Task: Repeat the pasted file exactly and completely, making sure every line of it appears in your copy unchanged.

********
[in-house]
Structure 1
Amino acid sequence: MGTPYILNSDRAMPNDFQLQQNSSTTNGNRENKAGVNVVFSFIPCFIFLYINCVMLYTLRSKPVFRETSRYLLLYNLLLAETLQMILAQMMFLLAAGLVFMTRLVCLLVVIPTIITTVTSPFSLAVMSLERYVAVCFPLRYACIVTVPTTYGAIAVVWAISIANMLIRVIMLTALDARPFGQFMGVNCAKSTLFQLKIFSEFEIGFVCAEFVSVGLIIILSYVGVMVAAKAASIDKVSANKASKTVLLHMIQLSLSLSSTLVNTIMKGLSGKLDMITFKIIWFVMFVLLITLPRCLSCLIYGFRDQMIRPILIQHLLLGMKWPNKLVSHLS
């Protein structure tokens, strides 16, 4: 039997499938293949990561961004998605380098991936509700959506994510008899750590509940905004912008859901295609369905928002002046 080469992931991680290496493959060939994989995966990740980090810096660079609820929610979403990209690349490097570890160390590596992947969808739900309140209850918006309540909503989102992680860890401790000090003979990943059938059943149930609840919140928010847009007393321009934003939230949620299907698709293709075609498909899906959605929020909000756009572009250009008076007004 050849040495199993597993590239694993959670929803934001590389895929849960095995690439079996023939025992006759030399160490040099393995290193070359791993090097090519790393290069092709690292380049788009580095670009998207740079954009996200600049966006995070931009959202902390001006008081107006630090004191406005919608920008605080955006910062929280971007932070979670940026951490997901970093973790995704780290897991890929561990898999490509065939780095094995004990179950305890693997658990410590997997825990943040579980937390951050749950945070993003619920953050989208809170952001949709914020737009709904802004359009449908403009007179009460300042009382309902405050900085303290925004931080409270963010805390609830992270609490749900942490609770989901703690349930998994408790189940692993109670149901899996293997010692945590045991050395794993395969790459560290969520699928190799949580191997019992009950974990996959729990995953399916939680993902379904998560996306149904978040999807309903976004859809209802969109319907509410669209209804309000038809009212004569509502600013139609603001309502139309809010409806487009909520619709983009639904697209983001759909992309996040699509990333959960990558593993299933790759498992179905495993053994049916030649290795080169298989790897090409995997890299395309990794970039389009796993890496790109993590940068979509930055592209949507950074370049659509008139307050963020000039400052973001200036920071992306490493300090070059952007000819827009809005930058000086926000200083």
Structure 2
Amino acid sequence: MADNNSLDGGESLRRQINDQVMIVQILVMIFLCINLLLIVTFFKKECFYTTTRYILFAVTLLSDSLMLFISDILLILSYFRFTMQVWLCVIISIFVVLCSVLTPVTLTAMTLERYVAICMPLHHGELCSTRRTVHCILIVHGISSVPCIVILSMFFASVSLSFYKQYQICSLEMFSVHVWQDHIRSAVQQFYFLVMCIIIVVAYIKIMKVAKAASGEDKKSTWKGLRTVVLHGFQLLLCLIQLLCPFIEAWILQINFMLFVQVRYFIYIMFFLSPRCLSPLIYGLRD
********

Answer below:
[in-house]
Structure 1
Amino acid sequence: MGTPYILNSDRAMPNDFQLQQNSSTTNGNRENKAGVNVVFSFIPCFIFLYINCVMLYTLRSKPVFRETSRYLLLYNLLLAETLQMILAQMMFLLAAGLVFMTRLVCLLVVIPTIITTVTSPFSLAVMSLERYVAVCFPLRYACIVTVPTTYGAIAVVWAISIANMLIRVIMLTALDARPFGQFMGVNCAKSTLFQLKIFSEFEIGFVCAEFVSVGLIIILSYVGVMVAAKAASIDKVSANKASKTVLLHMIQLSLSLSSTLVNTIMKGLSGKLDMITFKIIWFVMFVLLITLPRCLSCLIYGFRDQMIRPILIQHLLLGMKWPNKLVSHLS
């Protein structure tokens, strides 16, 4: 039997499938293949990561961004998605380098991936509700959506994510008899750590509940905004912008859901295609369905928002002046 080469992931991680290496493959060939994989995966990740980090810096660079609820929610979403990209690349490097570890160390590596992947969808739900309140209850918006309540909503989102992680860890401790000090003979990943059938059943149930609840919140928010847009007393321009934003939230949620299907698709293709075609498909899906959605929020909000756009572009250009008076007004 050849040495199993597993590239694993959670929803934001590389895929849960095995690439079996023939025992006759030399160490040099393995290193070359791993090097090519790393290069092709690292380049788009580095670009998207740079954009996200600049966006995070931009959202902390001006008081107006630090004191406005919608920008605080955006910062929280971007932070979670940026951490997901970093973790995704780290897991890929561990898999490509065939780095094995004990179950305890693997658990410590997997825990943040579980937390951050749950945070993003619920953050989208809170952001949709914020737009709904802004359009449908403009007179009460300042009382309902405050900085303290925004931080409270963010805390609830992270609490749900942490609770989901703690349930998994408790189940692993109670149901899996293997010692945590045991050395794993395969790459560290969520699928190799949580191997019992009950974990996959729990995953399916939680993902379904998560996306149904978040999807309903976004859809209802969109319907509410669209209804309000038809009212004569509502600013139609603001309502139309809010409806487009909520619709983009639904697209983001759909992309996040699509990333959960990558593993299933790759498992179905495993053994049916030649290795080169298989790897090409995997890299395309990794970039389009796993890496790109993590940068979509930055592209949507950074370049659509008139307050963020000039400052973001200036920071992306490493300090070059952007000819827009809005930058000086926000200083």
Structure 2
Amino acid sequence: MADNNSLDGGESLRRQINDQVMIVQILVMIFLCINLLLIVTFFKKECFYTTTRYILFAVTLLSDSLMLFISDILLILSYFRFTMQVWLCVIISIFVVLCSVLTPVTLTAMTLERYVAICMPLHHGELCSTRRTVHCILIVHGISSVPCIVILSMFFASVSLSFYKQYQICSLEMFSVHVWQDHIRSAVQQFYFLVMCIIIVVAYIKIMKVAKAASGEDKKSTWKGLRTVVLHGFQLLLCLIQLLCPFIEAWILQINFMLFVQVRYFIYIMFFLSPRCLSPLIYGLRD